27 March 2018
China Sourcing Update: Energy Costs (Feb 2018)
1. Crude prices tumble and then rebound in February
In line with the movement of global crude prices, China’s crude prices plunged during early to mid-February and picked up afterwards. For instance, after falling from US$62.6 per barrel on 2 February to US$56.0 per barrel on 14 February, the Daqing  crude price rose to US$59.5 per barrel on 28 February 2018.
In early February, the Dow Jones Industrial Average suffered two 1,000-point drops within four days after concerns over a faster pace of interest rate hikes triggered a sharp rise in the US bond yields. The increased volatility in global financial markets led to more risk aversion and thus capital outflow from commodities, causing the drop in global crude prices in the first half of February.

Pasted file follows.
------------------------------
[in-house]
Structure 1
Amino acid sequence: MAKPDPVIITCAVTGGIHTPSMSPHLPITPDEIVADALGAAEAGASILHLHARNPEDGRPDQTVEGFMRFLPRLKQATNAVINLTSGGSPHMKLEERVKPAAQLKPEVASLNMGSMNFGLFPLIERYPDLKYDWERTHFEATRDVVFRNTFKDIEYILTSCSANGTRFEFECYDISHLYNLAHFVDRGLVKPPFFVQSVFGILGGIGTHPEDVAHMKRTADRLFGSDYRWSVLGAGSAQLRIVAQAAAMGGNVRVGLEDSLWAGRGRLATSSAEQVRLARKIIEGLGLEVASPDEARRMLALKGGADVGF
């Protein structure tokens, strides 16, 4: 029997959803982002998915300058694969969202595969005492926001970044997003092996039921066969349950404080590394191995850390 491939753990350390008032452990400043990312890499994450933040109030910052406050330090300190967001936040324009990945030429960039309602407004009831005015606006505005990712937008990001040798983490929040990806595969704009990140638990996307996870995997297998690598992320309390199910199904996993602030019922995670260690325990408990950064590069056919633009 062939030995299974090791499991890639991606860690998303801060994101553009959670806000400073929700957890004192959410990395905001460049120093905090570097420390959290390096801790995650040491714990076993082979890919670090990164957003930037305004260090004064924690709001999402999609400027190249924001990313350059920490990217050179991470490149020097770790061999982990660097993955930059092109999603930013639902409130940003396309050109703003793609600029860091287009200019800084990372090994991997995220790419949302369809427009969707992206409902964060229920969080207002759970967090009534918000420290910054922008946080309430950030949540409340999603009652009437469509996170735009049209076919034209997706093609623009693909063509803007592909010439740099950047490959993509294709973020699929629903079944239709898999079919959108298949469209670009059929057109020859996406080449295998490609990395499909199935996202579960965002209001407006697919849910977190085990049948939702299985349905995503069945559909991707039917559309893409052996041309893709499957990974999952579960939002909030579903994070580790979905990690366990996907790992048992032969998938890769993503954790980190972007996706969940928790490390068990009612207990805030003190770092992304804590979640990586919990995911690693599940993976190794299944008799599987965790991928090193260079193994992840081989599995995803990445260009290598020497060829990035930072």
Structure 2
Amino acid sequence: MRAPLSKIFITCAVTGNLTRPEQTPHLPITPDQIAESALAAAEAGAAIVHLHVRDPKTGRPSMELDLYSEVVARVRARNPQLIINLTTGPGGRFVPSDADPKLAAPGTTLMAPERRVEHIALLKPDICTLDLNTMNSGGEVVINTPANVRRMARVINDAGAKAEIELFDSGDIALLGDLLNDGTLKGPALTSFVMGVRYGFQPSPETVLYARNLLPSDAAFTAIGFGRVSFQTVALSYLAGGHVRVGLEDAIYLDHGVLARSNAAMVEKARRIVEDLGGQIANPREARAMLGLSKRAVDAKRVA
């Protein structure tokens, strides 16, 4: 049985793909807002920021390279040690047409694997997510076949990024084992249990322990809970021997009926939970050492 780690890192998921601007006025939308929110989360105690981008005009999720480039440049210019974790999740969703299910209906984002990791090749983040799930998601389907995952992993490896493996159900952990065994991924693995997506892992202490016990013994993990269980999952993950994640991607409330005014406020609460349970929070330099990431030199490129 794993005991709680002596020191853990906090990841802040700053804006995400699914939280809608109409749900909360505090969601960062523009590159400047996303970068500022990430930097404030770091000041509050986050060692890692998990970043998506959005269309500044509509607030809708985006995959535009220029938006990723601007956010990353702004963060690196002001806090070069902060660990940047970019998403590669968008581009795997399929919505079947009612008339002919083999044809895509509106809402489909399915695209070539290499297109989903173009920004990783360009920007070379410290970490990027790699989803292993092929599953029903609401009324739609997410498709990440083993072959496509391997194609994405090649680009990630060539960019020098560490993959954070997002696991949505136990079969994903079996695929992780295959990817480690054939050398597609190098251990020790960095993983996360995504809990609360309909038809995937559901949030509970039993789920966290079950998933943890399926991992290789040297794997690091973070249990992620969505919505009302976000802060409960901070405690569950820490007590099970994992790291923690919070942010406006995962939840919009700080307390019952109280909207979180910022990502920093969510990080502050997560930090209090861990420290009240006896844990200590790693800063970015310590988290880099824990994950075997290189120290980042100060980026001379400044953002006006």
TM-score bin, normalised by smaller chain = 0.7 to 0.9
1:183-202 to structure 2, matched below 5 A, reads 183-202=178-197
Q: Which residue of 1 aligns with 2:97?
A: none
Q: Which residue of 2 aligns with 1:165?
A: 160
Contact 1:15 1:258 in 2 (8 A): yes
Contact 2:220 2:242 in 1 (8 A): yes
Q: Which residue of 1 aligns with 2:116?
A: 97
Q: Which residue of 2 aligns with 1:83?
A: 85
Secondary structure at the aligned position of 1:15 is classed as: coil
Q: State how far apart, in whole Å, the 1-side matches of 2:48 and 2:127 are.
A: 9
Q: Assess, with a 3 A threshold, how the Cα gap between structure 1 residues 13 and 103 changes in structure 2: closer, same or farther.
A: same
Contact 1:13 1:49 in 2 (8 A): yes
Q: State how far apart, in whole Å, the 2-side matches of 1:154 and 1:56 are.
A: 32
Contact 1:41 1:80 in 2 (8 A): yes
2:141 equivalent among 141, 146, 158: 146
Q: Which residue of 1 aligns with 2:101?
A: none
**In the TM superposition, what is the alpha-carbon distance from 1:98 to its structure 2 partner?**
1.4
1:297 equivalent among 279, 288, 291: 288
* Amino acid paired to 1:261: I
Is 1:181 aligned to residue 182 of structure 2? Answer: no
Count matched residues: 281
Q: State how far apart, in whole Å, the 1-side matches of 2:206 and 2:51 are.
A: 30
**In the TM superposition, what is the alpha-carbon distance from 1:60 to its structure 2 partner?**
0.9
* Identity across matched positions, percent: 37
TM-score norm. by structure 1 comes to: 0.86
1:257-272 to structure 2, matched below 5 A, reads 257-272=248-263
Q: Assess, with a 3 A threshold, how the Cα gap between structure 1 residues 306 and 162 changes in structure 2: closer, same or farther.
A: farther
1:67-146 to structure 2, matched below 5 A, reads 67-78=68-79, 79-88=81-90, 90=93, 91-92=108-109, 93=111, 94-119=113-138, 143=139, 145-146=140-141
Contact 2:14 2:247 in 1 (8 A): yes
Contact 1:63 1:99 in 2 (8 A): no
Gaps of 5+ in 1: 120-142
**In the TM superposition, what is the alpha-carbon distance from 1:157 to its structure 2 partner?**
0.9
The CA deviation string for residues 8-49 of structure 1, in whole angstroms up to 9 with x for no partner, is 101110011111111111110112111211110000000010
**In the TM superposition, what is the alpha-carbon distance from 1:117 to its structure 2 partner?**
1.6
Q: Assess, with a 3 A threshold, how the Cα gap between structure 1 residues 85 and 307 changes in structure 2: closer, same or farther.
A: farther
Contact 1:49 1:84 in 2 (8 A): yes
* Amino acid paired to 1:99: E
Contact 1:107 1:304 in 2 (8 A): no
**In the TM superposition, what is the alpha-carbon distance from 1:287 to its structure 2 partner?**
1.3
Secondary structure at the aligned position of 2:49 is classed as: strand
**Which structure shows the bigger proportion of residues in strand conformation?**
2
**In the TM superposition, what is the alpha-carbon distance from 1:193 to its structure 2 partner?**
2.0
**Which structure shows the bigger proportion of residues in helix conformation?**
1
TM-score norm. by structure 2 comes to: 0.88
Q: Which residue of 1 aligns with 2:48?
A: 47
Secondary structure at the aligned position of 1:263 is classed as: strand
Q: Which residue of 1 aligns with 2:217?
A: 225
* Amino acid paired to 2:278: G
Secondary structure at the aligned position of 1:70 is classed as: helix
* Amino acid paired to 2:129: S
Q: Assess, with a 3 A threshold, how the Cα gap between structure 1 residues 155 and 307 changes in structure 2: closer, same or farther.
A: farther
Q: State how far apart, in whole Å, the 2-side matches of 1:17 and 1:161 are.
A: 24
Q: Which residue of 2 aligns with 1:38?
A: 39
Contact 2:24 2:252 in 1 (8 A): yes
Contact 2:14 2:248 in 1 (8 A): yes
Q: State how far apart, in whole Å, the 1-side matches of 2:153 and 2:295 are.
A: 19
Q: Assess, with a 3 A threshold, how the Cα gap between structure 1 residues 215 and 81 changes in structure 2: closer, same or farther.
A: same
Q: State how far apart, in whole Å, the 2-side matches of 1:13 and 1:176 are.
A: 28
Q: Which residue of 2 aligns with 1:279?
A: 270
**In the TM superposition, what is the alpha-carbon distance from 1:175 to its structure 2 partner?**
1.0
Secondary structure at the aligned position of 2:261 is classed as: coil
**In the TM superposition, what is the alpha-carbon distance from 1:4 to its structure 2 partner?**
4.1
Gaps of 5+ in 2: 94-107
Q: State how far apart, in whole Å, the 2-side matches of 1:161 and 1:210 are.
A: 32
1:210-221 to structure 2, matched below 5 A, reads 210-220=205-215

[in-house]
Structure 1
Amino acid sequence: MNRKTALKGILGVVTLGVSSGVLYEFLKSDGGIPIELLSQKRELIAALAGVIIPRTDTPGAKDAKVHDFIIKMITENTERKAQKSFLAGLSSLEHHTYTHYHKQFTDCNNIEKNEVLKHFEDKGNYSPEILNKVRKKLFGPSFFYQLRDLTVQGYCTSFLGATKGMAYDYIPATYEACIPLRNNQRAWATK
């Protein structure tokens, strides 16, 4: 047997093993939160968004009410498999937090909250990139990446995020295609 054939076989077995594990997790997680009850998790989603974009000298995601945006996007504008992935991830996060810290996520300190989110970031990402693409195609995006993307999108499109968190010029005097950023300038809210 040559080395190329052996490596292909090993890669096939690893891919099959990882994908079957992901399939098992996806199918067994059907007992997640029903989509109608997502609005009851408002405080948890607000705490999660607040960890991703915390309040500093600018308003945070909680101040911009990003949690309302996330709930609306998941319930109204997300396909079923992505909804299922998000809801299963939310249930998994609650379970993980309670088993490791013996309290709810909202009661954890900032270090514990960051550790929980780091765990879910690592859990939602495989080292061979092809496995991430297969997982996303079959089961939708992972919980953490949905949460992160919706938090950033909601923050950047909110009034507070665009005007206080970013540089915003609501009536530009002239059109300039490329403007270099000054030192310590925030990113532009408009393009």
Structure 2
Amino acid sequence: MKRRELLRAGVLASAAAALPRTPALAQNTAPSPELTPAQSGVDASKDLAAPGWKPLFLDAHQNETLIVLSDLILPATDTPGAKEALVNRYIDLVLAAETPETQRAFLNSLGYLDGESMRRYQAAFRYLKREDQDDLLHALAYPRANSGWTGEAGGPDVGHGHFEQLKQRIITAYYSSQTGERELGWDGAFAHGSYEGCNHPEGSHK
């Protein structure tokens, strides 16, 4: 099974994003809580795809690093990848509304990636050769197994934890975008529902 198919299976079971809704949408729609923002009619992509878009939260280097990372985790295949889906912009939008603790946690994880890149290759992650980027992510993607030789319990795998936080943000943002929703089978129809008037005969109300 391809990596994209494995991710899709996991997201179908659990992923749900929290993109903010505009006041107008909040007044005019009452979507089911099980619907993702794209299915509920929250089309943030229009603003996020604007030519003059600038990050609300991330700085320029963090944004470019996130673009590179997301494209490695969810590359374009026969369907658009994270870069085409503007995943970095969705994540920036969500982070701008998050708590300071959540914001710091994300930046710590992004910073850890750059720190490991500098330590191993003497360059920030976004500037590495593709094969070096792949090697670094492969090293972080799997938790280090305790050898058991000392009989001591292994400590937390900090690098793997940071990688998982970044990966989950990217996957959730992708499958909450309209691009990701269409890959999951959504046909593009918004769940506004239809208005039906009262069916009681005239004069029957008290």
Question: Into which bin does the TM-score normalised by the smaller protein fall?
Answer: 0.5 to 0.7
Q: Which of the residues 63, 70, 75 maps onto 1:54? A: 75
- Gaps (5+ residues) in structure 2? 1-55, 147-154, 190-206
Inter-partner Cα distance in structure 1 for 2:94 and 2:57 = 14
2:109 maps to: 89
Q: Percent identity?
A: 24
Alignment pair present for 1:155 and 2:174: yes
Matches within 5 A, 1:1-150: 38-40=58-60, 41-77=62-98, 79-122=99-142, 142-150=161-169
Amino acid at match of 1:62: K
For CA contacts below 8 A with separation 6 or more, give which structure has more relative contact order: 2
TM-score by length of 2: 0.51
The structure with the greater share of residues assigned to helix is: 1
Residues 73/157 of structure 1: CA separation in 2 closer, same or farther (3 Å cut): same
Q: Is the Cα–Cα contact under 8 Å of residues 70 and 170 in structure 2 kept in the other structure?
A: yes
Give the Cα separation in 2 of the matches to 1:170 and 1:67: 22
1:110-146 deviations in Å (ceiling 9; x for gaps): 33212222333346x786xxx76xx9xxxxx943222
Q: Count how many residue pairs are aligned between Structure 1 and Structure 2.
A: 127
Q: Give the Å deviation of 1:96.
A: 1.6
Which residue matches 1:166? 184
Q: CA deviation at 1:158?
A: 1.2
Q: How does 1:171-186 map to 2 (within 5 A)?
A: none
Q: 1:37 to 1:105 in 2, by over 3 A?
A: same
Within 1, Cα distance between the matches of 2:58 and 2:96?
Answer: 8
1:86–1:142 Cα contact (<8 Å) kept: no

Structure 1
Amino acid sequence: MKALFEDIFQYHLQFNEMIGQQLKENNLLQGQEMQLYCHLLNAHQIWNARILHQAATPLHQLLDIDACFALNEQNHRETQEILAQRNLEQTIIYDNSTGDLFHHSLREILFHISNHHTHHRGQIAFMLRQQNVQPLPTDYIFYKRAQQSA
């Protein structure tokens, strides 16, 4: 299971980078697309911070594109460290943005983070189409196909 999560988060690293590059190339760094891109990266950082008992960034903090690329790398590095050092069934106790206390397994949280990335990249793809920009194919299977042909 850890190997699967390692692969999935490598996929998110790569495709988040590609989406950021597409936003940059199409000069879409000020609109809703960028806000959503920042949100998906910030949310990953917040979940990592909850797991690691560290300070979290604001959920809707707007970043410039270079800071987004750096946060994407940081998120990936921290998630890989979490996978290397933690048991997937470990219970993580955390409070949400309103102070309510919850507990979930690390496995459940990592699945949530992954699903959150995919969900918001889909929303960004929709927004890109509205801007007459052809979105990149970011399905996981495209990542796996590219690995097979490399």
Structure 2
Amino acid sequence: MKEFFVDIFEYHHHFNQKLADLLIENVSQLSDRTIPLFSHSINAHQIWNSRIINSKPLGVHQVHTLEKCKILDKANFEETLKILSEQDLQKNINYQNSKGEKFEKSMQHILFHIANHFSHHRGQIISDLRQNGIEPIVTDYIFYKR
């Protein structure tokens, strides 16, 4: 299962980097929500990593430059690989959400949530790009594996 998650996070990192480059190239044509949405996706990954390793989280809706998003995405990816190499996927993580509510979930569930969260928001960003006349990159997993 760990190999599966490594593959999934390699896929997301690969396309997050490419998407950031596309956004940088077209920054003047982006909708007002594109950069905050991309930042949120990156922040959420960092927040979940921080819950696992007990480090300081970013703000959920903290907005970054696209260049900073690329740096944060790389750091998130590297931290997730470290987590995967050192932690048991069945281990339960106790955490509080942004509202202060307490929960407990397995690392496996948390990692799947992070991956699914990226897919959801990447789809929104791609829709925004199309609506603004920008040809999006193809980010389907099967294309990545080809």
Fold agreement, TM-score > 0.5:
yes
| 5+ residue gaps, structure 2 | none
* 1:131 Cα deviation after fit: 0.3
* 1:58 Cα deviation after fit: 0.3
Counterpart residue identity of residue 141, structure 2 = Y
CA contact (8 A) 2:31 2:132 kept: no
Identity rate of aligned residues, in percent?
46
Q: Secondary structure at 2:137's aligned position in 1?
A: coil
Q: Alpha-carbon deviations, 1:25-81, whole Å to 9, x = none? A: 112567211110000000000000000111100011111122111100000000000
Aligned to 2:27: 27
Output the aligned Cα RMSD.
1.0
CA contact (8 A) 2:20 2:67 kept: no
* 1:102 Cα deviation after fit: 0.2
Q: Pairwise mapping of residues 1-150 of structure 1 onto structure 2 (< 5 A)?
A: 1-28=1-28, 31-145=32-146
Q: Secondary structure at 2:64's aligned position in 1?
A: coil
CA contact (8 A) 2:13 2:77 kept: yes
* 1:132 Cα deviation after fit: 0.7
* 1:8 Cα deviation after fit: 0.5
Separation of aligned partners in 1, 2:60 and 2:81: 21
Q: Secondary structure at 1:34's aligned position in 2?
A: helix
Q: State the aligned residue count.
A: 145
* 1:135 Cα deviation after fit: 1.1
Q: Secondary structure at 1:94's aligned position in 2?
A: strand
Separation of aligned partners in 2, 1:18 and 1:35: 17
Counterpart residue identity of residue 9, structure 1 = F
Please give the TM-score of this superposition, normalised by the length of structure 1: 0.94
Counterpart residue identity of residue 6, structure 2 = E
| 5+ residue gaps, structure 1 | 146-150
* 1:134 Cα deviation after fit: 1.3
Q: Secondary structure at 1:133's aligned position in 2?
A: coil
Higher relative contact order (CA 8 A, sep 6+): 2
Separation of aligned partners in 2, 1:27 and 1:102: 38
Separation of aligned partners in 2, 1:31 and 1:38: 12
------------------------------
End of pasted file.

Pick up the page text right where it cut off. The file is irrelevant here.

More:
Crude prices rebounded in the second half of the month as global financial markets stabilized. An unanticipated fall in the US crude inventories also supported oil prices. The US Energy Information Administration (EIA) reported on 22 February that commercial crude oil inventories (excluding those in the Strategic Petroleum Reserve) in the US dropped unexpectedly in the week ending 16 February.
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 From the year 2000 onwards, China’s crude prices were determined with reference to global crude prices.
 Daqing Field is the largest oil field in China.